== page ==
Sadiemae1123 The public health nurse thing sounds truly right up my alley. Good idea. I was a "peer educator" in high school and we helped with sex education classes and also learned a lot about HIV/AIDS and I feel like I'm truly doing something when it comes to that sort of realm.


17 Posts

thanks Zmansc, good point regarding what I like now might not be ideal in 20 years. And yeah, it seems like there are a lot of post-masters options...


184 Posts

Yes, I agree with the others-it sounds like you need to shadow a few APRNs and see what you are drawn towards. NP school is hard work, no doubt about it. If you don't have a solid idea of what you would be intersted in doing when you finish youre going to have a hard time finding motivation to finish all of those papers and your clinicals..


214 Posts


Remember that you don't necessarily need to focus your entire career on a certain area to be involved in it. Consider volunteering in different activities in your community or getting involved in local charitable organizations or local politics. An RN can be certified as a lactation consultant or childbirth educator if that's your interest. Or you could volunteer to provide nutrition education at local schools or parent groups. Organizing a community health fair or helping create a farmers market in an area that lacks access to fresh fruits and vegetables are also activities that could benefit from a nurse's input. You could also provide education in the capacity of an educated healthcare provider to local politicians whenever an issue of public health (like water flouridization, sex education, etc) came up for a vote.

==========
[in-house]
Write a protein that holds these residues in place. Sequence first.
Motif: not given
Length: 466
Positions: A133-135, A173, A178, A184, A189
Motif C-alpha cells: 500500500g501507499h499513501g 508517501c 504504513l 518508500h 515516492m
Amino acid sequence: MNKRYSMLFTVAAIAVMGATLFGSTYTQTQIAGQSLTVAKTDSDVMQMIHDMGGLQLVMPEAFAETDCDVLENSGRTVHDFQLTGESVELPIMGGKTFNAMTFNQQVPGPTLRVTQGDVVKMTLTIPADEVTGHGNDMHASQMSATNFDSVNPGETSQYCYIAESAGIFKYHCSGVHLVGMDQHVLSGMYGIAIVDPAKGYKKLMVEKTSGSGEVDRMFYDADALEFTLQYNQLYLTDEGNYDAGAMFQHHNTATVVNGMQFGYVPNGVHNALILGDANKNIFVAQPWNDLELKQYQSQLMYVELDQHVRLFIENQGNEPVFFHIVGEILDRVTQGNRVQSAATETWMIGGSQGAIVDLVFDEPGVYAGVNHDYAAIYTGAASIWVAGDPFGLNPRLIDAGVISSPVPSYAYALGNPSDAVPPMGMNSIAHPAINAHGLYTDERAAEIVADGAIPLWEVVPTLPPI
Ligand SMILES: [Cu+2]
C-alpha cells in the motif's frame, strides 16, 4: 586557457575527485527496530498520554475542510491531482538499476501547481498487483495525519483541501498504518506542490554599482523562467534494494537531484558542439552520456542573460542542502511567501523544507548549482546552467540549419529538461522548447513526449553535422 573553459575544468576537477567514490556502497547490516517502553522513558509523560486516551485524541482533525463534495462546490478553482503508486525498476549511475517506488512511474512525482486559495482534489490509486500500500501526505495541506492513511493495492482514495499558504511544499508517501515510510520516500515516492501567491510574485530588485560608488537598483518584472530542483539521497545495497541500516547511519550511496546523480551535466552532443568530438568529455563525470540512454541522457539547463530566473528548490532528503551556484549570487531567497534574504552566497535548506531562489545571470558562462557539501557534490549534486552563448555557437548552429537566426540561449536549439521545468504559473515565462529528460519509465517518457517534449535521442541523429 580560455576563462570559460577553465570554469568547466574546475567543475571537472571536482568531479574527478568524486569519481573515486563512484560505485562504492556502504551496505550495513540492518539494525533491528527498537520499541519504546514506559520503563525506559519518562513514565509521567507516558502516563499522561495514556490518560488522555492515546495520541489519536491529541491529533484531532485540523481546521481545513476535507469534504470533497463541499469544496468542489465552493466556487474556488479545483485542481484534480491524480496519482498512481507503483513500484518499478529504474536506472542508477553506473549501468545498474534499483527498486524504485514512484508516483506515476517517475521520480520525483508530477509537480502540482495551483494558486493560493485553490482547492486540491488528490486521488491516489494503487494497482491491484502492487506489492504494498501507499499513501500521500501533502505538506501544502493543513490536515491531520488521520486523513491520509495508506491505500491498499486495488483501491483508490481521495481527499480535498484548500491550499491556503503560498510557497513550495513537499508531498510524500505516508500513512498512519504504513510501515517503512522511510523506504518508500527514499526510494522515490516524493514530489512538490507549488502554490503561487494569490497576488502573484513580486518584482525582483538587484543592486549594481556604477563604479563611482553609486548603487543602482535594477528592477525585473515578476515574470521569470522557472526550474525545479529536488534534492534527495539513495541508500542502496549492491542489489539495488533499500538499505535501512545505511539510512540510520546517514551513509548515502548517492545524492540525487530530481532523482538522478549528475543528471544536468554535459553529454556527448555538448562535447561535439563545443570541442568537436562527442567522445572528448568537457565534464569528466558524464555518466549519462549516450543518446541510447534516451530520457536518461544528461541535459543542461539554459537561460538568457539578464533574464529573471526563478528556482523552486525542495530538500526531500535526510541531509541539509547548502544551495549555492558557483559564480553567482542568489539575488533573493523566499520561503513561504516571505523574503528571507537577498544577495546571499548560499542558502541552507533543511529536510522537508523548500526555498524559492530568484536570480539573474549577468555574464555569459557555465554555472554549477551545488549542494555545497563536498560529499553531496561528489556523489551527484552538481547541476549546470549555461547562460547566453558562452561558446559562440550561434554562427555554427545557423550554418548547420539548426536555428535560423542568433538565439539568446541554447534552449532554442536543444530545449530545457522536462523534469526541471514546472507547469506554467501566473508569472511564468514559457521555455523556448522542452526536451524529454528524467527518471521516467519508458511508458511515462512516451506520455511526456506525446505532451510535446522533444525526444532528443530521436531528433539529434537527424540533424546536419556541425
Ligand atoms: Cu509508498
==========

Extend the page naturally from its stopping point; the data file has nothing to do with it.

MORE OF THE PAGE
Having an MSN focused on education and leadership could be very valuable in any of those situations. This can give you an outlet for you various interests without making a huge career or financial investment, as well as allowing you to change things up without a lot of hassle if you decide yo go a different route.


17 Posts

Basically all of those things sound like a great deal of fun, and something that I would enjoy. I think you're right and I think that I have made the decision that I basically already knew was the right answer, to go for the MSN in education and leadership right now. I think directly out of nursing school I was so focused on furthering my education that I jumped into something just to jump into something. I love the idea of helping the community as a whole and being involved in many different realms. Thanks for the insight sadiemae1123

+ Add a Comment

By using the site, you agree with our Policies. X